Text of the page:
The Global Search for Education (GSE) is a regular contributor to the Edmodo Blog. Authored by C.M. Rubin, GSE brings together distinguished thought leaders in education and innovation from around the world to explore the key learning issues faced by today’s nations. Look for a new post every week and join the Global Search for Education Community on Edmodo to share your perspectives with their editorial staff.
Materials for the Arts is one of those organizations you look at and say to yourself – it’s so obvious – collect surplus materials from businesses and individuals and redistribute them to nonprofits with ongoing arts programming and schools – why doesn’t every community have a recycling program like this one?
Harriet Taub, Executive Director for Materials for the Arts (which has become one of the largest reuse centers in the U.S.), has helped lead the organization for almost 18 years; she says that starting its education program is what she is most proud of. “When I came to MFTA in 1998, we were basically a collection and donation program. I knew early on that newly registered teachers would become better shoppers if they were shown ways to incorporate non-traditional arts materials into their classroom curriculum.” So Harriet started by teaching ‘hat making’ and ‘no sew’ costume making workshops, and then, along with her Materials for the Arts colleague, Joy Suarez, began to offer week-long workshops for educators through the New York City Department of Education’s Office of Professional Development.
Fast forward 15 years: this dynamic hands-on studio-style Professional Development Workshop team now works with thousands of teachers and in turn, with tens of thousands of students through their workshops, free field trip program and in-school residencies. “Our Education Program is changing the way adults and children view materials and helping reduce the amount of unwanted materials headed for the landfill.” And so, at Materials for the Arts, Harriet notes, “Every day is Earth Day.”
We asked our MFTA experts to come up with 10 really innovative things anyone can do to protect our earth with a little bit of creativity:
- Turn your beverage containers into garden décor – e.g. glass bottles can be turned into terrariums. Plastic soda bottles – 1 litre – can be cut in half and the spout can be turned upside down for drainage, and plant inserted into the body of the bottle and placed in your garden or window box or curbside tree box.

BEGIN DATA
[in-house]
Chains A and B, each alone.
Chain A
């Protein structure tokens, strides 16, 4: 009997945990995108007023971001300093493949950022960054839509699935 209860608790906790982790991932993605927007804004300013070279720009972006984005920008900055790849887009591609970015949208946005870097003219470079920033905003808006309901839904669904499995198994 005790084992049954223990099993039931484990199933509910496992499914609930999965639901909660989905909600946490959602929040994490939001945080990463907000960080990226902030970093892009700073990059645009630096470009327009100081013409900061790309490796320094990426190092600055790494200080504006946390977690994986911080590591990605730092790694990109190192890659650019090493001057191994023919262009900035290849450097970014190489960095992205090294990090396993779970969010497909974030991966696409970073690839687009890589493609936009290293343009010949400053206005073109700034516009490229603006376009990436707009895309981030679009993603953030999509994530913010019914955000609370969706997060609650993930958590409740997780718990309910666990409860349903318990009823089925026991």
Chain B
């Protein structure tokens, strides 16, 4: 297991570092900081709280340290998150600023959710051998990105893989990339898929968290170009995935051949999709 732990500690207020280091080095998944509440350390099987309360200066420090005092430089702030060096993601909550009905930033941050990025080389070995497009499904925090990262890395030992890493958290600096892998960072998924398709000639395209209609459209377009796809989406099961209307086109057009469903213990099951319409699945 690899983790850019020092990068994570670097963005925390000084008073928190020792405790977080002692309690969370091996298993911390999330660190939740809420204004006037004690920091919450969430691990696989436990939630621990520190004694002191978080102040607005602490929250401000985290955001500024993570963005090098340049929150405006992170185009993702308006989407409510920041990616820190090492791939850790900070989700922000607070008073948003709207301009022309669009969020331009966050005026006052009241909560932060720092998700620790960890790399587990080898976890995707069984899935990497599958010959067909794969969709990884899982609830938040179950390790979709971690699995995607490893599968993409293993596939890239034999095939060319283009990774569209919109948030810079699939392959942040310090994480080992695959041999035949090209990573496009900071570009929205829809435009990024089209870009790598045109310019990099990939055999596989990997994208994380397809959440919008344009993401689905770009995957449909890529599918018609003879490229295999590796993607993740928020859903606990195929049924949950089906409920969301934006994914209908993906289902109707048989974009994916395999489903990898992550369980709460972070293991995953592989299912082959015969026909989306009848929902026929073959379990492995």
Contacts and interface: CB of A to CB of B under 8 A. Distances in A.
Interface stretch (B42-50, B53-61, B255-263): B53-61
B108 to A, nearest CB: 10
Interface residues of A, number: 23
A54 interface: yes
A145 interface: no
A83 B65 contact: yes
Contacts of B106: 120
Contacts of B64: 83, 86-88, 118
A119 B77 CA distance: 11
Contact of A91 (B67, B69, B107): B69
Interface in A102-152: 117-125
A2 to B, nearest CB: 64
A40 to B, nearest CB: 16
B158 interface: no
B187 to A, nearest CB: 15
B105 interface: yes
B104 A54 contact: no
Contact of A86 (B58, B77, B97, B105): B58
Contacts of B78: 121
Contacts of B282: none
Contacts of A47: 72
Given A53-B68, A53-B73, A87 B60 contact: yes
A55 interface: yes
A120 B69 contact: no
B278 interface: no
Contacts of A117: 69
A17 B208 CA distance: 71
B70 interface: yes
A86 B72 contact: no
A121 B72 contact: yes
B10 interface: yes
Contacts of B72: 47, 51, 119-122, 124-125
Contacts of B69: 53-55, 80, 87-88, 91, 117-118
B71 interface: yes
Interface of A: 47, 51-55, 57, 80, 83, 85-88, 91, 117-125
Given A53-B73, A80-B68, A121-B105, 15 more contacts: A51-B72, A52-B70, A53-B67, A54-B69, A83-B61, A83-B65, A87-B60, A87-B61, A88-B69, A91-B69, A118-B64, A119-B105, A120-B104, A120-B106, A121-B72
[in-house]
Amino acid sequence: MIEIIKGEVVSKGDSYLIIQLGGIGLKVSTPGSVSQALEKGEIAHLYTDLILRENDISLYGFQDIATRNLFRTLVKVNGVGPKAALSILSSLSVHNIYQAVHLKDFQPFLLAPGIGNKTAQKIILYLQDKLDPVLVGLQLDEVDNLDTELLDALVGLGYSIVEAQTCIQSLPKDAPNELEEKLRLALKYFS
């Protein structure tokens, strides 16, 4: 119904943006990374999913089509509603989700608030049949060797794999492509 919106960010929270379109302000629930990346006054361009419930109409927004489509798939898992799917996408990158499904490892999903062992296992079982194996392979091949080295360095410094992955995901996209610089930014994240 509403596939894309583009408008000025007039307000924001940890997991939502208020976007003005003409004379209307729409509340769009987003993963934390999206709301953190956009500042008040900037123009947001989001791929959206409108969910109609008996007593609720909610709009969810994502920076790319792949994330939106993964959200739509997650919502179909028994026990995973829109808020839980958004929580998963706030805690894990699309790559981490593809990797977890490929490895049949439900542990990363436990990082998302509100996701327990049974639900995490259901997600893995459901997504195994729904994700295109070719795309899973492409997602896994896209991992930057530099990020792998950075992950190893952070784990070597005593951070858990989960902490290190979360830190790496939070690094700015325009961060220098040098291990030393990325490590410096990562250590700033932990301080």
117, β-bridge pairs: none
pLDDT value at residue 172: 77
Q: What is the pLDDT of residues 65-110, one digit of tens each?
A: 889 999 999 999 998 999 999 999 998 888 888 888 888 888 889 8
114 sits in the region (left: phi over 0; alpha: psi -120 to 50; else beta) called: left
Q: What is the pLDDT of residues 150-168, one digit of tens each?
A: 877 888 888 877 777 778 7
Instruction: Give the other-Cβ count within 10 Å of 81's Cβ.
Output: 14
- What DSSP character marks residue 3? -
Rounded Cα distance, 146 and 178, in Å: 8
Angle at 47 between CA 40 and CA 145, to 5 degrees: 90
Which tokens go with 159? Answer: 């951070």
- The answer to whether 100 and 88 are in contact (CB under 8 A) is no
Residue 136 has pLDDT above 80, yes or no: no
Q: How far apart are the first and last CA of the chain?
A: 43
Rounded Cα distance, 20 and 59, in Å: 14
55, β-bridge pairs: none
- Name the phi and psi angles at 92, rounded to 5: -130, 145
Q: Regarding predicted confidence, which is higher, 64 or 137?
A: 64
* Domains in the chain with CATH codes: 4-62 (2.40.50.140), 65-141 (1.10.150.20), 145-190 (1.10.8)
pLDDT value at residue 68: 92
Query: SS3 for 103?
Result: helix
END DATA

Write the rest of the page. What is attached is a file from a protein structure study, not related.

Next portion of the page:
- Junk mail envelopes can be turned into envelope books with string and magazine clippings.
- Don’t buy new things – create new, fashionable clothing from your torn and worn items. You can take strips of your woven clothing and weave them into new designs.
- Old technology, including CD’s and CD cases, can be repurposed into small desk calendars, wind-chimes, bases for collage; photo frames; frames for weavings with rubber bands.
- Make musical instruments with plastic bottles filled with beads or beans. Metal coffee cans can be used for percussion instruments. Bottle caps can be strung together to make hand held percussion instruments.
- Puppets can be made out of washed chop sticks, fabric scraps, tassels, buttons or even hanging file folders – no one files paper anymore!
- Paper bags can be transformed into the bases for fabulous hats and headdresses or masks for plays and oral presentation in classrooms.
- Cardboard boxes can be repurposed for storage (why buy plastic?) as well as lightweight furniture – tables and chairs for children.
- Binders can be refashioned into portfolios, clutch handbags or birdhouses.
- Take your extra string, buttons, beads, zippers, bottle caps, ribbon and paper clips to create personalized jewelry – necklaces, bracelets and pins.
C. M. Rubin and Harriet Taub
C.M. Rubin is the author of two widely read online series for which she received a 2011 Upton Sinclair award, “The Global Search for Education” and “How Will We Read?” She is also the author of three bestselling books, including The Real Alice in Wonderland, is the publisher of CMRubinWorld, and is a Disruptor Foundation Fellow.